If you’ve ever worked in a cube farm, you know the difficulty of establishing a temperature that suits everyone.  As someone who was cold natured, I frequently wore a sweater in the office on sweltering August days. Now that I work from home, I have complete control of the environmental temperature in my work space. While there are factors that influence how cold natured you are, such as low body fat, being cold could be a symptom of a health condition. 

The most common condition that causes one to feel cold is anemia. Anemia is a blood disorder caused by a shortage of red blood cells, which carry oxygen throughout the body. One of the functions of these cells is the regulation of body temperature. The Mayo Clinic identifies the symptoms of anemia as cold hands and feet, as well as fatigue, shortness of breath, dizziness and others. Anemia has a variety of underlying causes, including iron deficiency, infections, cancer or kidney disease, and genetics.

Another cold culprit is low blood pressure. Low pressure means less blood — and therefore less oxygen — is flowing to the organs and extremities, which can make a person feel cold. The U.S. health department’s National Heart, Lung and Blood Institute notes other symptoms of the condition that are similar to those of anemia –  dizziness, fainting, fatigue, nausea and blurred vision.

Raynaud’s Phenomenon, a restriction in blood vessels makes those who have it feel cold, among other symptoms, can be caused by many things such as lupus, carpal tunnel syndrome or certain medications. Ironically, often is caused by living in a place that is frequently cold. 

Thyroid or pituitary glands could also be making you cold if either gland is not active enough. People without enough thyroid hormone often feel colder, fatigued, forgetful and depressed, and could have dry skin and constipation. This condition is known as hypothyroidism. The thyroid gland is located in the neck and is stimulated by the pituitary gland, so hypopituitarism, underperformance of the pituitary gland, can also cause much of the same issues as a low-functioning thyroid.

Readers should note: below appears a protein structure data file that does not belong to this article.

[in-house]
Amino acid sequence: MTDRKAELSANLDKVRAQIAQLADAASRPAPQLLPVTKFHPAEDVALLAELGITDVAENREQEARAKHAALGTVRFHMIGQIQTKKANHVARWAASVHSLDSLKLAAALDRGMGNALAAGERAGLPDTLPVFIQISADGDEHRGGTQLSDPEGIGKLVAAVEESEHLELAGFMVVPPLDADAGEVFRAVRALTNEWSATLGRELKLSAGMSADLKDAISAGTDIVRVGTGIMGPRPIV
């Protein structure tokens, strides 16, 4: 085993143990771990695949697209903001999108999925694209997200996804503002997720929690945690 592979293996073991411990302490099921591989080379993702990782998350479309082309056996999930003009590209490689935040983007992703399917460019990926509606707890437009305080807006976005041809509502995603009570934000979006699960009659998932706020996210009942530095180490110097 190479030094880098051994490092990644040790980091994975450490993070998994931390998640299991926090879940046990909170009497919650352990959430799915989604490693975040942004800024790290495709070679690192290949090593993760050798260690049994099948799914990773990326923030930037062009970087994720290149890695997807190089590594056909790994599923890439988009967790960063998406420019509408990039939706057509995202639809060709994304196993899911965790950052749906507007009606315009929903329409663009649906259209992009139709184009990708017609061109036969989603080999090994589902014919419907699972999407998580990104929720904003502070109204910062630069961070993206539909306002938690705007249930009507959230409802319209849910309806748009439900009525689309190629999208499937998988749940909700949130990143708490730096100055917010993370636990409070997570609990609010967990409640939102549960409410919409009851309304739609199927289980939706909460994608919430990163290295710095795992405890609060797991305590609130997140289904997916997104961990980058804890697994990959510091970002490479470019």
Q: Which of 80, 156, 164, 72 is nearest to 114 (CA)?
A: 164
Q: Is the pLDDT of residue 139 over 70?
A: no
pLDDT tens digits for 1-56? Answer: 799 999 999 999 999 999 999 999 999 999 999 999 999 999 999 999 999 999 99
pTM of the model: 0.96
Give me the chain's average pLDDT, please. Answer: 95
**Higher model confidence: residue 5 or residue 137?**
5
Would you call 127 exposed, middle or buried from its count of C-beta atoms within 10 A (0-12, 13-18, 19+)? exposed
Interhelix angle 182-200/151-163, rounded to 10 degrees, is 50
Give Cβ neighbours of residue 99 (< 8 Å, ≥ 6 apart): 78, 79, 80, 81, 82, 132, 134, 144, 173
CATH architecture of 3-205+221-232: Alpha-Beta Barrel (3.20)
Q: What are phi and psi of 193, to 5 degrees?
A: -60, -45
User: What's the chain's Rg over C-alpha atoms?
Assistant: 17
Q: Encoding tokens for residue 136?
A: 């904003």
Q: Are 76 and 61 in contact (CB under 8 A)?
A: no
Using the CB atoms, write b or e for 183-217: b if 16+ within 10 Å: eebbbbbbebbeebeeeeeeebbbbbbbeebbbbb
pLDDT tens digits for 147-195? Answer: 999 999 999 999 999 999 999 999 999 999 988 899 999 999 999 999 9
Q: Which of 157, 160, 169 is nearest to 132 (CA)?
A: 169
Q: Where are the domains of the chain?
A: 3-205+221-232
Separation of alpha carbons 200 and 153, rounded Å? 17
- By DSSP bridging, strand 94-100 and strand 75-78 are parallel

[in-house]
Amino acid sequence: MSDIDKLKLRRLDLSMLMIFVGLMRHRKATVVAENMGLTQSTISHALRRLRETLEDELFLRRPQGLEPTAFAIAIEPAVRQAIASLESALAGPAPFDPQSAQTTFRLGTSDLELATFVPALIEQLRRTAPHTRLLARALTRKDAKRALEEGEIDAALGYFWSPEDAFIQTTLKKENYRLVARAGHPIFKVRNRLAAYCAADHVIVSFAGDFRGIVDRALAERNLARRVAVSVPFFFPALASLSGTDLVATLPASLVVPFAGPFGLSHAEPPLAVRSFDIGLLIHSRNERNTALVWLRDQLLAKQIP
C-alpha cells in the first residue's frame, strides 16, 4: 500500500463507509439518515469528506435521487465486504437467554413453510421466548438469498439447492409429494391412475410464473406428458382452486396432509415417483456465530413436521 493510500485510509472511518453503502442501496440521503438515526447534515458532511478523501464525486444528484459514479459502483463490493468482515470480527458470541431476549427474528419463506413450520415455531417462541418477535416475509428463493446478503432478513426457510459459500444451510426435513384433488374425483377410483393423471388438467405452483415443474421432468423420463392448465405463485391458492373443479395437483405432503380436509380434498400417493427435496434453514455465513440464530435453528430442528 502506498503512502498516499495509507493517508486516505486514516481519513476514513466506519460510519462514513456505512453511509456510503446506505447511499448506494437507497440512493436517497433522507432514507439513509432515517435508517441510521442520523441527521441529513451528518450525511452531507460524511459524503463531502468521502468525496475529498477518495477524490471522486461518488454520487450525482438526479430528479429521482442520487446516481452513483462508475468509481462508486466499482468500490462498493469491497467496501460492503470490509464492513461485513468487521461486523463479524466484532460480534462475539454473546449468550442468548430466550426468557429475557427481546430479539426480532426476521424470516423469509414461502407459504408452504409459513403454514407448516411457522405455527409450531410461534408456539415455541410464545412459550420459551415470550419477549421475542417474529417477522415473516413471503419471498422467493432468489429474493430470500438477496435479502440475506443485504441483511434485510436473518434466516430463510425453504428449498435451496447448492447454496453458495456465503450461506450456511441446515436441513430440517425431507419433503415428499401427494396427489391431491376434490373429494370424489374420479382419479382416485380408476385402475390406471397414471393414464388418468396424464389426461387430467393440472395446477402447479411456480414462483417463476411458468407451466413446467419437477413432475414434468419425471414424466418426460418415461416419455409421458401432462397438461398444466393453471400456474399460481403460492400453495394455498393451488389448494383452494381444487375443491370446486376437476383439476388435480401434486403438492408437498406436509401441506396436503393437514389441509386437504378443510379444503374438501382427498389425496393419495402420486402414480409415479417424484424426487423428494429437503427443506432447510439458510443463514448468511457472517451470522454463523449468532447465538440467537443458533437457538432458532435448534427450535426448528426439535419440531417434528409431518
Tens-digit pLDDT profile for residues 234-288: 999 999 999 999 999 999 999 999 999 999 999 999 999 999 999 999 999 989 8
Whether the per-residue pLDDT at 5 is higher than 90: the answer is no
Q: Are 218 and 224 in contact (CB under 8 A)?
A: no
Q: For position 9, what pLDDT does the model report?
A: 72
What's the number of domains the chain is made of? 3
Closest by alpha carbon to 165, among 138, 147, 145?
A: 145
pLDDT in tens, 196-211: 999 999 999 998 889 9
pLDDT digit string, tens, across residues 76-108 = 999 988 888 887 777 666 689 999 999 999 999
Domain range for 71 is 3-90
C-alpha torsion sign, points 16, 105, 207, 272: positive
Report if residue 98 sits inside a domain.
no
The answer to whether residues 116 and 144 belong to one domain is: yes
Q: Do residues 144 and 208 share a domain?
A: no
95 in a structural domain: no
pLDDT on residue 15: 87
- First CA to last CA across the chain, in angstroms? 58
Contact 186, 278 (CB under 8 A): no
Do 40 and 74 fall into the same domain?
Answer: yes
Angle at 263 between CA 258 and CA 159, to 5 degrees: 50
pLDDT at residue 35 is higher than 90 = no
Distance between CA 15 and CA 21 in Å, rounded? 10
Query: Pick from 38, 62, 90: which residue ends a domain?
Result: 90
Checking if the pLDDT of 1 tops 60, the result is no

Did you know that anxiety can make you feel cold? Anxiety is linked to humans’ “fight or flight” instinct, and so during times of high stress will direct blood toward the core organs and away from the extremities in order to protect what is most important for survival.

We all have a different “running temperature”, so being cold may not be an indicator of a health concern. Very often the office thermostat is set for those who tend to be a bit warmer.  If you are a cold natured soul, you sometimes have to bring a fleece jacket to work and make due!

Andrea wants to live in a world where the neighborhoods are walkable, bike lanes are plentiful, and the food is fresh, delicious and readily available. A 20-year veteran of the health and wellness industry, she started her career in the fitness industry while earning a master’s degree in Exercise Science and Health Promotion, and then on to the burgeoning field of worksite wellness. Andrea has competed in collegiate level soccer, worked as a personal trainer, fitness instructor, wellness coach, and master trainer, climbed 14ers, and completed cycling centuries and metric centuries. All of these experiences give her the opportunity to view well-being from many different perspectives. When she’s not helping others to be their healthiest self, you can find her at a farm to table restaurant, down dogging at the yoga studio, or experiencing the Colorado landscape on a bicycle, snowshoes, cross country skis or on foot.